Murder On Lockhart Road
The David Camm Case
Bizarre Twists And Evidence Keep Turning Case On Its Head
KVS wrapped production with 48 Hours
for a CBS 2 hour season special.
(CBS) This broadcast first aired on Dec. 9, 2006. It was updated on June 14, 2007.
(For more about the story from CBS NEWS click the logo below)
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in 1988, Time
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In its unique approach, 48 Hours delves into a single subject, examining it from multiple angles with its saturation coverage and action-driven style. The broadcast has received critical acclaim reflected in almost 20 Emmy awards, a George Foster Peabody Award, and an Ohio State Award.
Marcie Spencer (Producer) & correspondent Richard Schlesinger.
Marcie is amazingly cool. She's got her stuff "very" together.
These shots are from the IU Bloomington campus.
(CBS) Richard Schlesinger is a correspondent for 48 Hours Investigates and contributes to the CBS Evening News and other broadcasts. He previously served as a full-time correspondent for 48 Hours (1990-97), reporting on a wide range of topics, including innocent Americans behind bars, marriage and divorce in the 1990s and the middle-class recession. He was the sole reporter for 48 Hours: "Death by Midnight," an in-depth profile of one convict facing the death penalty, and for 48 Hours: "Searching for a Cure," an unprecedented look at an experiment for a potentially groundbreaking new AIDS treatment.
Schlesinger also served as the reporter for CBS Reports: "Enter the Jury Room," for which he won an Alfred I. duPont-Columbia University Award. The two-hour 1997 documentary, anchored by Ed Bradley, examined the American jury system and marked the first time network television cameras were given access to actual jury deliberations. Schlesinger is also the recipient of nine Emmy Awards.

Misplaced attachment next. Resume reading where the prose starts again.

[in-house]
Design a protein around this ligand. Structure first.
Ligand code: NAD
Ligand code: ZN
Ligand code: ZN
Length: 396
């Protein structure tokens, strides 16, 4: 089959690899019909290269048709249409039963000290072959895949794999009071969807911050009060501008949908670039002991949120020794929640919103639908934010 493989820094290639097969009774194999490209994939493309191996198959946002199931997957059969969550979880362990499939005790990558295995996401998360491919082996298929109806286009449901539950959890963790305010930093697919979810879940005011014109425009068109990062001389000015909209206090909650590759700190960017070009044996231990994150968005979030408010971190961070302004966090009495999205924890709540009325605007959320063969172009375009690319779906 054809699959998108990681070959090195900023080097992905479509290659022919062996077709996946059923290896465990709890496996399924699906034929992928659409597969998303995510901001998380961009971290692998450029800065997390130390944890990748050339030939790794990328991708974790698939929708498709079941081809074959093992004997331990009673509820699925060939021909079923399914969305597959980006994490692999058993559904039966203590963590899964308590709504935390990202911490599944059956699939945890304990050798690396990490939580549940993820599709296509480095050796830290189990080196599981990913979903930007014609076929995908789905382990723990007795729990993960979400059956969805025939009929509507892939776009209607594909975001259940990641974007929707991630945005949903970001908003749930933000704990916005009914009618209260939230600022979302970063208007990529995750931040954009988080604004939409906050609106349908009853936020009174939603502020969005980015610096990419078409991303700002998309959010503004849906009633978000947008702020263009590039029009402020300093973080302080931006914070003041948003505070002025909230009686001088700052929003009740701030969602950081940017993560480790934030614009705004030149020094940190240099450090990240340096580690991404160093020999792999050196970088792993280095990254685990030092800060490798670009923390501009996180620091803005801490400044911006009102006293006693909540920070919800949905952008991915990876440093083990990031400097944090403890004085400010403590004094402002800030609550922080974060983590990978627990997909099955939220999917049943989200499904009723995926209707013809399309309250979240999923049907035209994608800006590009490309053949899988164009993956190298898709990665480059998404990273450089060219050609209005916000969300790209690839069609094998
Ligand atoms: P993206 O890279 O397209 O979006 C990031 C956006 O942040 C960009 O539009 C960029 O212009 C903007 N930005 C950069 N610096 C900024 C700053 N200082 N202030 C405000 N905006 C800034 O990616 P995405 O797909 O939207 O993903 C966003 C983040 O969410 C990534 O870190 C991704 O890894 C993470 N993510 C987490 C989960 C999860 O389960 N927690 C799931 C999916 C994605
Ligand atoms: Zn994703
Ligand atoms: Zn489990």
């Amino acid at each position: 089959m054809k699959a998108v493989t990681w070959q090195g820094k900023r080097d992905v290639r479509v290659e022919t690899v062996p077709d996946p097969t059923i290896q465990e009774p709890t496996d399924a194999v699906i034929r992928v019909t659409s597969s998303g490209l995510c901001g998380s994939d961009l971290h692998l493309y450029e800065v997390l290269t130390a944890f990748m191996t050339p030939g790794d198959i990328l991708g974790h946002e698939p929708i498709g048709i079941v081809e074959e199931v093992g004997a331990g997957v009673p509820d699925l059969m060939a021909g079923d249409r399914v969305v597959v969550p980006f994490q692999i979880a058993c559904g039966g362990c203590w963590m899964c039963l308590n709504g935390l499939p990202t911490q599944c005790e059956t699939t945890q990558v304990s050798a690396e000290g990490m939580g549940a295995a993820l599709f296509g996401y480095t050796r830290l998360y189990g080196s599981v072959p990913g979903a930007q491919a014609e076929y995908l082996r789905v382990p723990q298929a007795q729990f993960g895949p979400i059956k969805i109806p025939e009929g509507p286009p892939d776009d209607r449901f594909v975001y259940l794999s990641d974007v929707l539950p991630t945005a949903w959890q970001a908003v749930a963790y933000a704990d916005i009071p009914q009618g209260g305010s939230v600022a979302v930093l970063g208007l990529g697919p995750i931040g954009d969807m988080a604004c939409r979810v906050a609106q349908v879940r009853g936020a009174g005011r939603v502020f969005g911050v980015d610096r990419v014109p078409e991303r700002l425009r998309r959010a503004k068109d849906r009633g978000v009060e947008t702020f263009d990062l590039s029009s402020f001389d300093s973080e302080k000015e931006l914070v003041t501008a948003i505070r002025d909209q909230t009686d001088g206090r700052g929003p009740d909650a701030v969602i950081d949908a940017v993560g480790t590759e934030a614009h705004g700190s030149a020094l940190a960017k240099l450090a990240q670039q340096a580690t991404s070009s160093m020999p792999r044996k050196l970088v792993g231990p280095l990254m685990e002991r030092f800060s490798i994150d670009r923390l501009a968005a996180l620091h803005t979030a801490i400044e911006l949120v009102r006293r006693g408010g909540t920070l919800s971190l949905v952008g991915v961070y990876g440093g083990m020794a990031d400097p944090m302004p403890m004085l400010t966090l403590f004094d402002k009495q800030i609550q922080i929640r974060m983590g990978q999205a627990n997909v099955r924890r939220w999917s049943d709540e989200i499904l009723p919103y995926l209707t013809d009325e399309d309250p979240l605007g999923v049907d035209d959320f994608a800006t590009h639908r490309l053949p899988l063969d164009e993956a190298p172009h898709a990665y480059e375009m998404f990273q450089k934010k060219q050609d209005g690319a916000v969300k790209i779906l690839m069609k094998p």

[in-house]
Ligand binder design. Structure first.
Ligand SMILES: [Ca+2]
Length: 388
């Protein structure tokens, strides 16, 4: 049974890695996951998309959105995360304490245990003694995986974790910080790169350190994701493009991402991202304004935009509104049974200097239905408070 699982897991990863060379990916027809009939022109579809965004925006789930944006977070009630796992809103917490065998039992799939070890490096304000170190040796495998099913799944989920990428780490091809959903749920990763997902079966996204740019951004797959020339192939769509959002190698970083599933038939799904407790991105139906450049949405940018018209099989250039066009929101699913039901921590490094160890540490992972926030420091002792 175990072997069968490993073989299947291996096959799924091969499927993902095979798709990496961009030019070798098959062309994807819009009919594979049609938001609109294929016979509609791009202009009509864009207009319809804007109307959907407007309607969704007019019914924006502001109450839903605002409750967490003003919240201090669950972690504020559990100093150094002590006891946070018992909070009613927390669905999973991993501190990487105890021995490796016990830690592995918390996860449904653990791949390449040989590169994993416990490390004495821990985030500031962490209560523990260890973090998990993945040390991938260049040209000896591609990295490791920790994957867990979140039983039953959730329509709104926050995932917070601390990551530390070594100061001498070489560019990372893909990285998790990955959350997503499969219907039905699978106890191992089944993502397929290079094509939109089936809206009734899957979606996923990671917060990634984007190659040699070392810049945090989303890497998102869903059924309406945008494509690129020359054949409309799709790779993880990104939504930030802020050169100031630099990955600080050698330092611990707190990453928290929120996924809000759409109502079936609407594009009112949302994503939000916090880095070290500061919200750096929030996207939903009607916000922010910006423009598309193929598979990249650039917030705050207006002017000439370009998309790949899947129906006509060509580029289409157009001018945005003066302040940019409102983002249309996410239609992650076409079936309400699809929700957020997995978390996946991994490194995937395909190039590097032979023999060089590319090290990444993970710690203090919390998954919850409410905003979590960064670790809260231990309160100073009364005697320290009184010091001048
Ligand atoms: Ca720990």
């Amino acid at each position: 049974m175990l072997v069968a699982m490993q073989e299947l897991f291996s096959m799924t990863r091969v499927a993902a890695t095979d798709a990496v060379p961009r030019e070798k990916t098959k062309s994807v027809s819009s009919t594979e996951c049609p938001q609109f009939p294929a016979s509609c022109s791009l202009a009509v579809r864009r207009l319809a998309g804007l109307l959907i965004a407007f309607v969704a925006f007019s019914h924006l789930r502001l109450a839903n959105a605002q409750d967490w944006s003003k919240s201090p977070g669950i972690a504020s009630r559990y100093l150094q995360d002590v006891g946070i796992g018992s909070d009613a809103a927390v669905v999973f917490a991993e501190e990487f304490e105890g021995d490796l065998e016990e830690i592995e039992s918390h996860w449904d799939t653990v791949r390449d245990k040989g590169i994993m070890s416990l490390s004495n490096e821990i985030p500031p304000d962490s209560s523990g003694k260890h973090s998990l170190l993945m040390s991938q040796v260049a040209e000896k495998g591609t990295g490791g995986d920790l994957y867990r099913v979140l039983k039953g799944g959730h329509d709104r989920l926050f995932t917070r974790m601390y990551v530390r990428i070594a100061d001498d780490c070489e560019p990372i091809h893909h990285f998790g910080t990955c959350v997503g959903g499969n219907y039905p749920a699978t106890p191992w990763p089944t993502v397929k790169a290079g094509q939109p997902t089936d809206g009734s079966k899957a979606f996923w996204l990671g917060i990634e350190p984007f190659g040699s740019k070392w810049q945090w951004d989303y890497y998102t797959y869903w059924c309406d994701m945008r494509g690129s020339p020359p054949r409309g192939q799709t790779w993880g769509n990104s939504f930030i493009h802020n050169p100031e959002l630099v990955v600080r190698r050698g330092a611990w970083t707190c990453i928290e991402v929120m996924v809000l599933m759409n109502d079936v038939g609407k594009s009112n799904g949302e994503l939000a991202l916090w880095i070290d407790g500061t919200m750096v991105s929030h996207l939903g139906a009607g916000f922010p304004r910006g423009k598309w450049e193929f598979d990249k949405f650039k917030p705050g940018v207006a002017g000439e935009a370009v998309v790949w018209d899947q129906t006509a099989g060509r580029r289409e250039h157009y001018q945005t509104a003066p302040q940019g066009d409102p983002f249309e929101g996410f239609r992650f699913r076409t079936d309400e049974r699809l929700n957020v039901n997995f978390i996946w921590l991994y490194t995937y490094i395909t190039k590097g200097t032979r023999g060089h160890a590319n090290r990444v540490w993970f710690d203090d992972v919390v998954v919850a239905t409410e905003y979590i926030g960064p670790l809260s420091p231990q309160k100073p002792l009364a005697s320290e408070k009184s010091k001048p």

He also served as an investigative reporter for
CBS Evening News
and has been a substitute anchor for the
CBS Morning News
and the Weekend Editions of the
CBS Evening News
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Between takes at the Indiana University student union bldg.
A large room with soft lighting and dark wood made a great looking set.
The windows and lights on chains were a big plus.
Outside of this large window, Ken Smith placed some HMI's
with blue gels to light up the large tree for the night shot.
Ken Smith - our director of photography and lighting director
Audio and playback
Lighting is critical and Ken gives it that great look.
Checking the lighting
Becky (my wife & jib assist) , Richard and Jack.
Jack (my production assistant) & Ken Smith the lighting director.
Loaded & ready to go...let's roll.
High ceilings with a nice light to do a "drop shot" to Richard
Before a take. Notice in this night shot how the tree outside the
window was lit to enhance the movement of the jib and gives a
great sense of depth. (nice lighting Ken)
Teaching my new friend Gavin, the finer points of operating a Jib.
Cassie and friend (IU psychology students...really!)
(CBS) David Camm, a former Indiana state trooper, was found guilty in 2002 of shooting his wife and their two young children execution-style inside the family SUV parked in their garage two years earlier. But the two-year legal drama didn't end with Camm's conviction. In fact, the conviction was later overturned and, five years after the murders, another suspect entered the picture. Was this ex-state cop framed by a new suspect? Or had they worked together all along?
Correspondent Richard Schlesinger examines the still unfolding drama on 48 Hours, this Saturday, Dec. 9 at a special time, 9 p.m. ET/PT.
"I want my family back, I did not do this," Camm said through tears.
Camm also said he had an alibi that placed him at a basketball game where 11 other players recall seeing him the very night and time of the murders: Sept. 28, 2000, approximately between 7 p.m. and 9:20 p.m.
48 Hours' Schlesinger tests the prosecution's theory that Camm may have been able to slip out of the basketball game to commit the crimes. Driving the actual alleged route, 48 Hours determined that seven minutes was all the time Camm would have had to kill his entire family and get back on the court to keep his alibi intact.
There was also the issue of evidence at the crime scene that never pointed to Camm: a foreign palm print on the SUV and an unknown grey sweatshirt with foreign DNA and a name written in the collar — "Backbone" — the way a child's camp clothes might be labeled.
Despite Camm's consistent assertion of innocence, an alibi and unexplained evidence at the scene, just three days after the deaths of 35-year-old Kim, 5-year-old Jill, and 7-year-old Brad, Camm was arrested and ultimately convicted of their murders.
When the Indiana State Appeals Court overturned the conviction 2½ years later, Camm hoped he might be a free man. But the story wasn't even close to being over.
Camm readied himself for the second trial, and the DNA on that suspicious sweatshirt was finally tested, as was the palm print. In the late afternoon of Feb. 14, 2005, the databank of convicted felons produced a hit.
Who did that DNA belong to — and what did it mean for the case against Camm?
Produced By Marcie Spencer
©MMVI, CBS Broadcasting Inc. All Rights Reserved.